“God willing, it’s going to save a lot of lives,” Biden said as he finished signing the bill.
The legislation came together in the aftermath of recent mass shootings at a Uvalde, Texas, elementary school and a Buffalo, New York, supermarket that was in a predominantly Black neighborhood. A bipartisan group of negotiators set to work in the Senate and unveiled legislative text on Tuesday. The bill — titled the Bipartisan Safer Communities Act — was released by Republican Sens. John Cornyn of Texas and Thom Tillis of North Carolina and Democratic Sens. Chris Murphy of Connecticut and Kyrsten Sinema of Arizona.
The package represents the most significant new federal legislation to address gun violence since the expired 10-year assault weapons ban of 1994 — though it fails to ban any weapons and falls far short of what Biden and his party had advocated for, and polls show most Americans want to see.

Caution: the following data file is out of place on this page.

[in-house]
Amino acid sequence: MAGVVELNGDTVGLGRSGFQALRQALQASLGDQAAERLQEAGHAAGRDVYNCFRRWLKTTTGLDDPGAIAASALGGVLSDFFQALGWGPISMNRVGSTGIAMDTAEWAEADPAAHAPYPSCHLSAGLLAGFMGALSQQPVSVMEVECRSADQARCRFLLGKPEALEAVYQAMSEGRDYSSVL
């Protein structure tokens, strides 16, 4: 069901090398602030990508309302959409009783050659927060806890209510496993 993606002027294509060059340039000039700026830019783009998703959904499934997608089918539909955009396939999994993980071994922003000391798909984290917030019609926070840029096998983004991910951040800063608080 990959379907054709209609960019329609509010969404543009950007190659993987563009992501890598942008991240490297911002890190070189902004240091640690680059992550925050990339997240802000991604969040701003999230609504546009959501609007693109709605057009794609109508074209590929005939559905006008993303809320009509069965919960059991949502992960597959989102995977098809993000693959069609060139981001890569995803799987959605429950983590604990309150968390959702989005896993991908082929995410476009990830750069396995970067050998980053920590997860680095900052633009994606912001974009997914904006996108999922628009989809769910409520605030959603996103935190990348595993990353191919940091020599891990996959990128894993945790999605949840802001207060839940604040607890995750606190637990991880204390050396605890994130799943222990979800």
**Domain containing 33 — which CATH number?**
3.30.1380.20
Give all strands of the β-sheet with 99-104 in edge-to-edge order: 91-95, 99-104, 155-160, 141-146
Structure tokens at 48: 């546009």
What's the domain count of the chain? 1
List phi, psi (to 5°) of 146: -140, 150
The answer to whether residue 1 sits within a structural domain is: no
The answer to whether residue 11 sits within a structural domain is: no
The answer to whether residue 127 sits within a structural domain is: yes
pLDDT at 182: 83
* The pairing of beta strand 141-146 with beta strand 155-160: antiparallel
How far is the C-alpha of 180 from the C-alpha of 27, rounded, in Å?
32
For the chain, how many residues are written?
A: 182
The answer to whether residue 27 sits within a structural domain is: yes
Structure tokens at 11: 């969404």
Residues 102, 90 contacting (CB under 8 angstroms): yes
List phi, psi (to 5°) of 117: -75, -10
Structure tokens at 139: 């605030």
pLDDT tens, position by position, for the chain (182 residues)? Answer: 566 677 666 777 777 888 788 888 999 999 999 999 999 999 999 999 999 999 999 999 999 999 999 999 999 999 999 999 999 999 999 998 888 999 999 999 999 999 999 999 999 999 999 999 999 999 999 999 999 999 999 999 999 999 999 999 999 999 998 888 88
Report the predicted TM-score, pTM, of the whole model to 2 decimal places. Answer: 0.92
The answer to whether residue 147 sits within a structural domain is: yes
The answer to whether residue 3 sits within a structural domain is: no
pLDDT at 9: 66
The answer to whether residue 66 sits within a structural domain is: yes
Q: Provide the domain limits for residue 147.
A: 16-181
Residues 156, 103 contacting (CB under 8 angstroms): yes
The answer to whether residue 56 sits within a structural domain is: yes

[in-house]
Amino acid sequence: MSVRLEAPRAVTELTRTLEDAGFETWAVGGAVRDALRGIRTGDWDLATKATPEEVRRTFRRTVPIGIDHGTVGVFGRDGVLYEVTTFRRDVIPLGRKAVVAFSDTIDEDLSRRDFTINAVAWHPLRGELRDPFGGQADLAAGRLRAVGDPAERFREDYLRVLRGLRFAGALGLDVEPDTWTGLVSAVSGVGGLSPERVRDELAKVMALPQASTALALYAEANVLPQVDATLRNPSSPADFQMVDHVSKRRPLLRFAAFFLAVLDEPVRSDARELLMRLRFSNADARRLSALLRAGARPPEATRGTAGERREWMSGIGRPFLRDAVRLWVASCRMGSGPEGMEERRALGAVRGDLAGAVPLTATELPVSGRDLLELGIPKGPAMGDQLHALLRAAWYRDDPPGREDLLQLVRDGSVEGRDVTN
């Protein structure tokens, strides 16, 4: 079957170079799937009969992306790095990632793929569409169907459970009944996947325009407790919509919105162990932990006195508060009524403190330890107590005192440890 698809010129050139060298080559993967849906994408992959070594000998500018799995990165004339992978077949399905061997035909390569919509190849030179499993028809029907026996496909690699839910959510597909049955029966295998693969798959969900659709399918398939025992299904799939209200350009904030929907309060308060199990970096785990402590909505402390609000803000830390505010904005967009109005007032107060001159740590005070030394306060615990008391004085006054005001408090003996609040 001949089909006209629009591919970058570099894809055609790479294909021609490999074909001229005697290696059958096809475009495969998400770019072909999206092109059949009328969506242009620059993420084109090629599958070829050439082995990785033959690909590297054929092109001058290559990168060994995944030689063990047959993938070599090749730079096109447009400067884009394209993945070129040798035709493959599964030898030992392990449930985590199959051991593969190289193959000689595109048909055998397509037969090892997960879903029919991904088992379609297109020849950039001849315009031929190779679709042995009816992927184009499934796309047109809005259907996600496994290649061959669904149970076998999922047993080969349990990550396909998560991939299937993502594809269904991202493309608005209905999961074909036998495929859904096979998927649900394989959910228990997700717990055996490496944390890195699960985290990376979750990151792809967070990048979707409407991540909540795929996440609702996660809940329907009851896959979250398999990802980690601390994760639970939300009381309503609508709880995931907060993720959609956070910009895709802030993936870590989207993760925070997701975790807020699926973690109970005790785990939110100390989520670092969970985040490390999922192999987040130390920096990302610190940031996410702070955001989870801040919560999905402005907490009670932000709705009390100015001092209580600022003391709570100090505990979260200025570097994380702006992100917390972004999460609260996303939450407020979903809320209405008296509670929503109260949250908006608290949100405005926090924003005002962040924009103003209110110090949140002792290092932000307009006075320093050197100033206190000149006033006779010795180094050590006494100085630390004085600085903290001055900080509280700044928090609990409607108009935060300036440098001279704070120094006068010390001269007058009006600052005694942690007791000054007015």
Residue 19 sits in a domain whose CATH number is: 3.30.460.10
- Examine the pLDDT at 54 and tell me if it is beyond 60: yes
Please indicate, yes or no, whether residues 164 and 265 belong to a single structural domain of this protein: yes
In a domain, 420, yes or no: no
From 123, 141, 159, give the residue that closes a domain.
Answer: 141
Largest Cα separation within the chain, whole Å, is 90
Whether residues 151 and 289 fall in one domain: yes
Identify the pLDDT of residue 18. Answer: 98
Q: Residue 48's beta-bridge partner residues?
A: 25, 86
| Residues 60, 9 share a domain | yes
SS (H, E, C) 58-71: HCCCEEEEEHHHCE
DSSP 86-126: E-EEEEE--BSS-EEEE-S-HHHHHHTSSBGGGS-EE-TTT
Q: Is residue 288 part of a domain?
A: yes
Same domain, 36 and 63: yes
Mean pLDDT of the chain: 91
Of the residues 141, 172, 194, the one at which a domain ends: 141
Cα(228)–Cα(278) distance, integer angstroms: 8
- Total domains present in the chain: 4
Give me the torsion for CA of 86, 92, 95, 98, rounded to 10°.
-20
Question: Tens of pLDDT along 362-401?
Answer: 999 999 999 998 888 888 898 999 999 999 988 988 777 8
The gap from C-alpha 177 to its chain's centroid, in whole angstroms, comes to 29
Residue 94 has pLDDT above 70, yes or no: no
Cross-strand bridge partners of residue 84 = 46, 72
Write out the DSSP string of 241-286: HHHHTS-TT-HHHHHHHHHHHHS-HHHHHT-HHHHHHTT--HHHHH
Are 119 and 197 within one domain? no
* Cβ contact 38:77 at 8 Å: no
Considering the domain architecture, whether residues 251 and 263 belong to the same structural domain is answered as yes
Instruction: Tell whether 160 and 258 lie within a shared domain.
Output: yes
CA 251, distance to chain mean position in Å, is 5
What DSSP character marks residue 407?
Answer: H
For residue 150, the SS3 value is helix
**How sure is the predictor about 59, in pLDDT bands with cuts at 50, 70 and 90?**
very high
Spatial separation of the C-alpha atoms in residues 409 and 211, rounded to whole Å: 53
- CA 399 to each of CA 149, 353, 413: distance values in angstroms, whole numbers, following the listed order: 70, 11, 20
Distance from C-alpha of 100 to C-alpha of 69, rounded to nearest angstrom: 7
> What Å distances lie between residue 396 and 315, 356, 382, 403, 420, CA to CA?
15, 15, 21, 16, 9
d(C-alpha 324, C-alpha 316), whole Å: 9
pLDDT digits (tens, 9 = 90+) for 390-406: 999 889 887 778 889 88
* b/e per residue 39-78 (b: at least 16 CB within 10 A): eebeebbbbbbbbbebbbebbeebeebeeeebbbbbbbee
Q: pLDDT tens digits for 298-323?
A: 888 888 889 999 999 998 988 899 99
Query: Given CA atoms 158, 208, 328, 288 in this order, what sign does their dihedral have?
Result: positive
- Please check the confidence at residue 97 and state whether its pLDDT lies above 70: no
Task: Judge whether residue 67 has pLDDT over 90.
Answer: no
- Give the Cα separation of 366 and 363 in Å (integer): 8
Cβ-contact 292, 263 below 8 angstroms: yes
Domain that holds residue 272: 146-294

Now the law will bar from having a gun anyone who is convicted of a domestic violence crime against someone they have a “continuing serious relationship of a romantic or intimate nature.” The law isn’t retroactive. It will, however, allow those convicted of misdemeanor domestic violence crimes to restore their gun rights after five years if they haven’t committed other crimes.
The bill encourages states to include juvenile records in the National Instant Criminal Background Check System with grants as well as implements a new protocol for checking those records.
The bill goes after individuals who sell guns as primary sources of income but have previously evaded registering as federally licensed firearms dealers. It also increases funding for mental health programs and school security.
This is a breaking story and will be updated.